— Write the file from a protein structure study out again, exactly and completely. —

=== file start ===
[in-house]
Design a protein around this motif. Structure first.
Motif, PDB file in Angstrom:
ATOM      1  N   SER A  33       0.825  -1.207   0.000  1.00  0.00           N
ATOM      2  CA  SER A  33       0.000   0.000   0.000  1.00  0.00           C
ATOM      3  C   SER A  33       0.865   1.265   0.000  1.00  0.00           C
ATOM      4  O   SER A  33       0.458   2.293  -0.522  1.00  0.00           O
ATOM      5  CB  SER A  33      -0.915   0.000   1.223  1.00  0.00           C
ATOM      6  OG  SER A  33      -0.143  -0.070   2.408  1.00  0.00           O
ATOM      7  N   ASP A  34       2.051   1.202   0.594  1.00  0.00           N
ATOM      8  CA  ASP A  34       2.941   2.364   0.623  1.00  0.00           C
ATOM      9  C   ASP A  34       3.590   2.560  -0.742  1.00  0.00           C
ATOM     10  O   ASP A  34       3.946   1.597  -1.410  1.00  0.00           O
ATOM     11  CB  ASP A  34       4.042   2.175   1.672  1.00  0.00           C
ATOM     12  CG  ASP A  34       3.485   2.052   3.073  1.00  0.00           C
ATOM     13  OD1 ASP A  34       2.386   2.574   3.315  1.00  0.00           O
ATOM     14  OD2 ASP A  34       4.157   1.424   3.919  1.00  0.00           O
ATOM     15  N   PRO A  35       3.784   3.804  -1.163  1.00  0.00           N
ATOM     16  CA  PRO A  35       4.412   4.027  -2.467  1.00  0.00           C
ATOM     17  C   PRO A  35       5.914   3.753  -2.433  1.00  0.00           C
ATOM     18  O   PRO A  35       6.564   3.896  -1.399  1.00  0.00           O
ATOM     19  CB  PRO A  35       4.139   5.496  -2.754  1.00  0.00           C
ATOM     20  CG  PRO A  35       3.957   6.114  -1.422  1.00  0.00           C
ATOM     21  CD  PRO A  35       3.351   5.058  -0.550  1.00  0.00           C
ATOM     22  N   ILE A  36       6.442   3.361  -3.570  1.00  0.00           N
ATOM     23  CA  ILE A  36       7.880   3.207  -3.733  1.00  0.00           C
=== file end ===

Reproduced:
[in-house]
Design a protein around this motif. Structure first.
Motif, PDB file in Angstrom:
ATOM      1  N   SER A  33       0.825  -1.207   0.000  1.00  0.00           N
ATOM      2  CA  SER A  33       0.000   0.000   0.000  1.00  0.00           C
ATOM      3  C   SER A  33       0.865   1.265   0.000  1.00  0.00           C
ATOM      4  O   SER A  33       0.458   2.293  -0.522  1.00  0.00           O
ATOM      5  CB  SER A  33      -0.915   0.000   1.223  1.00  0.00           C
ATOM      6  OG  SER A  33      -0.143  -0.070   2.408  1.00  0.00           O
ATOM      7  N   ASP A  34       2.051   1.202   0.594  1.00  0.00           N
ATOM      8  CA  ASP A  34       2.941   2.364   0.623  1.00  0.00           C
ATOM      9  C   ASP A  34       3.590   2.560  -0.742  1.00  0.00           C
ATOM     10  O   ASP A  34       3.946   1.597  -1.410  1.00  0.00           O
ATOM     11  CB  ASP A  34       4.042   2.175   1.672  1.00  0.00           C
ATOM     12  CG  ASP A  34       3.485   2.052   3.073  1.00  0.00           C
ATOM     13  OD1 ASP A  34       2.386   2.574   3.315  1.00  0.00           O
ATOM     14  OD2 ASP A  34       4.157   1.424   3.919  1.00  0.00           O
ATOM     15  N   PRO A  35       3.784   3.804  -1.163  1.00  0.00           N
ATOM     16  CA  PRO A  35       4.412   4.027  -2.467  1.00  0.00           C
ATOM     17  C   PRO A  35       5.914   3.753  -2.433  1.00  0.00           C
ATOM     18  O   PRO A  35       6.564   3.896  -1.399  1.00  0.00           O
ATOM     19  CB  PRO A  35       4.139   5.496  -2.754  1.00  0.00           C
ATOM     20  CG  PRO A  35       3.957   6.114  -1.422  1.00  0.00           C
ATOM     21  CD  PRO A  35       3.351   5.058  -0.550  1.00  0.00           C
ATOM     22  N   ILE A  36       6.442   3.361  -3.570  1.00  0.00           N
ATOM     23  CA  ILE A  36       7.880   3.207  -3.733  1.00  0.00           C